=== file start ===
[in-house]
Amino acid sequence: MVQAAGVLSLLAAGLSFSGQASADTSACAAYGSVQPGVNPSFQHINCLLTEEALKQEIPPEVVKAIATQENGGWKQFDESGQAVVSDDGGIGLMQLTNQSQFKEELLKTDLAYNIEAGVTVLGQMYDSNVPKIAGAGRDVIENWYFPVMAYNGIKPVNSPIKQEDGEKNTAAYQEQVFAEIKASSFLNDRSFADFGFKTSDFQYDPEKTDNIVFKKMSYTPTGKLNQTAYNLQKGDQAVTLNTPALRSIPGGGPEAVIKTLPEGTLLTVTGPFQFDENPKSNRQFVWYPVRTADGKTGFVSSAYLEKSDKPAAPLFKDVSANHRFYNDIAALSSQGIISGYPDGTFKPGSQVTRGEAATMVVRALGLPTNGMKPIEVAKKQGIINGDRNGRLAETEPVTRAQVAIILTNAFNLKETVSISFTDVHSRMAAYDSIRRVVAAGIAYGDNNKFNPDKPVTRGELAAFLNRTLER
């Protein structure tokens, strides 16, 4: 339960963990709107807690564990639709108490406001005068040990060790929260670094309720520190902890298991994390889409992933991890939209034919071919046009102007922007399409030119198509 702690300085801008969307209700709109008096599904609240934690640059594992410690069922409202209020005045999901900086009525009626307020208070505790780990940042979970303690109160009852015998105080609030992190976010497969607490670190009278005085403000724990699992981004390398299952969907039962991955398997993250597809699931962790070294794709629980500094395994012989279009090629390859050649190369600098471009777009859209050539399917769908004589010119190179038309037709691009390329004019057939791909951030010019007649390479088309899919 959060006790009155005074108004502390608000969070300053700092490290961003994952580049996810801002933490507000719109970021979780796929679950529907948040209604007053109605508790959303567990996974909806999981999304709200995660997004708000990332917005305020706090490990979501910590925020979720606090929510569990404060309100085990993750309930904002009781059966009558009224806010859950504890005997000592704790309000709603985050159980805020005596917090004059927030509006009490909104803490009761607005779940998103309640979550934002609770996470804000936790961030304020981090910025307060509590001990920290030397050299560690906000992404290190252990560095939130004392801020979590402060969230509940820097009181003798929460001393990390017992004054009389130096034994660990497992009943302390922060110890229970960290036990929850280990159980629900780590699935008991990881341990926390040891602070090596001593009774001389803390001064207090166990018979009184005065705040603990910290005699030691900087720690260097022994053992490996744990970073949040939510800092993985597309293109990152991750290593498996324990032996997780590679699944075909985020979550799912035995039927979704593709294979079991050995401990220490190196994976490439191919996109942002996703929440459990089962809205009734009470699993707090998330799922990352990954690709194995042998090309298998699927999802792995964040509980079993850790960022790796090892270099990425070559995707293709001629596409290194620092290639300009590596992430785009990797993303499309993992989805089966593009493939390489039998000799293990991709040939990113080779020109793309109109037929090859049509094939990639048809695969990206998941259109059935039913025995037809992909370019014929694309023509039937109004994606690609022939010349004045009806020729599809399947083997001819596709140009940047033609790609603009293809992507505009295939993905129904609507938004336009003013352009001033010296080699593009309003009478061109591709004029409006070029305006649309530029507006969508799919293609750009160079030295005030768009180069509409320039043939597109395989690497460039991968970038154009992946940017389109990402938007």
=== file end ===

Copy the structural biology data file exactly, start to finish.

[in-house]
Amino acid sequence: MVQAAGVLSLLAAGLSFSGQASADTSACAAYGSVQPGVNPSFQHINCLLTEEALKQEIPPEVVKAIATQENGGWKQFDESGQAVVSDDGGIGLMQLTNQSQFKEELLKTDLAYNIEAGVTVLGQMYDSNVPKIAGAGRDVIENWYFPVMAYNGIKPVNSPIKQEDGEKNTAAYQEQVFAEIKASSFLNDRSFADFGFKTSDFQYDPEKTDNIVFKKMSYTPTGKLNQTAYNLQKGDQAVTLNTPALRSIPGGGPEAVIKTLPEGTLLTVTGPFQFDENPKSNRQFVWYPVRTADGKTGFVSSAYLEKSDKPAAPLFKDVSANHRFYNDIAALSSQGIISGYPDGTFKPGSQVTRGEAATMVVRALGLPTNGMKPIEVAKKQGIINGDRNGRLAETEPVTRAQVAIILTNAFNLKETVSISFTDVHSRMAAYDSIRRVVAAGIAYGDNNKFNPDKPVTRGELAAFLNRTLER
């Protein structure tokens, strides 16, 4: 339960963990709107807690564990639709108490406001005068040990060790929260670094309720520190902890298991994390889409992933991890939209034919071919046009102007922007399409030119198509 702690300085801008969307209700709109008096599904609240934690640059594992410690069922409202209020005045999901900086009525009626307020208070505790780990940042979970303690109160009852015998105080609030992190976010497969607490670190009278005085403000724990699992981004390398299952969907039962991955398997993250597809699931962790070294794709629980500094395994012989279009090629390859050649190369600098471009777009859209050539399917769908004589010119190179038309037709691009390329004019057939791909951030010019007649390479088309899919 959060006790009155005074108004502390608000969070300053700092490290961003994952580049996810801002933490507000719109970021979780796929679950529907948040209604007053109605508790959303567990996974909806999981999304709200995660997004708000990332917005305020706090490990979501910590925020979720606090929510569990404060309100085990993750309930904002009781059966009558009224806010859950504890005997000592704790309000709603985050159980805020005596917090004059927030509006009490909104803490009761607005779940998103309640979550934002609770996470804000936790961030304020981090910025307060509590001990920290030397050299560690906000992404290190252990560095939130004392801020979590402060969230509940820097009181003798929460001393990390017992004054009389130096034994660990497992009943302390922060110890229970960290036990929850280990159980629900780590699935008991990881341990926390040891602070090596001593009774001389803390001064207090166990018979009184005065705040603990910290005699030691900087720690260097022994053992490996744990970073949040939510800092993985597309293109990152991750290593498996324990032996997780590679699944075909985020979550799912035995039927979704593709294979079991050995401990220490190196994976490439191919996109942002996703929440459990089962809205009734009470699993707090998330799922990352990954690709194995042998090309298998699927999802792995964040509980079993850790960022790796090892270099990425070559995707293709001629596409290194620092290639300009590596992430785009990797993303499309993992989805089966593009493939390489039998000799293990991709040939990113080779020109793309109109037929090859049509094939990639048809695969990206998941259109059935039913025995037809992909370019014929694309023509039937109004994606690609022939010349004045009806020729599809399947083997001819596709140009940047033609790609603009293809992507505009295939993905129904609507938004336009003013352009001033010296080699593009309003009478061109591709004029409006070029305006649309530029507006969508799919293609750009160079030295005030768009180069509409320039043939597109395989690497460039991968970038154009992946940017389109990402938007």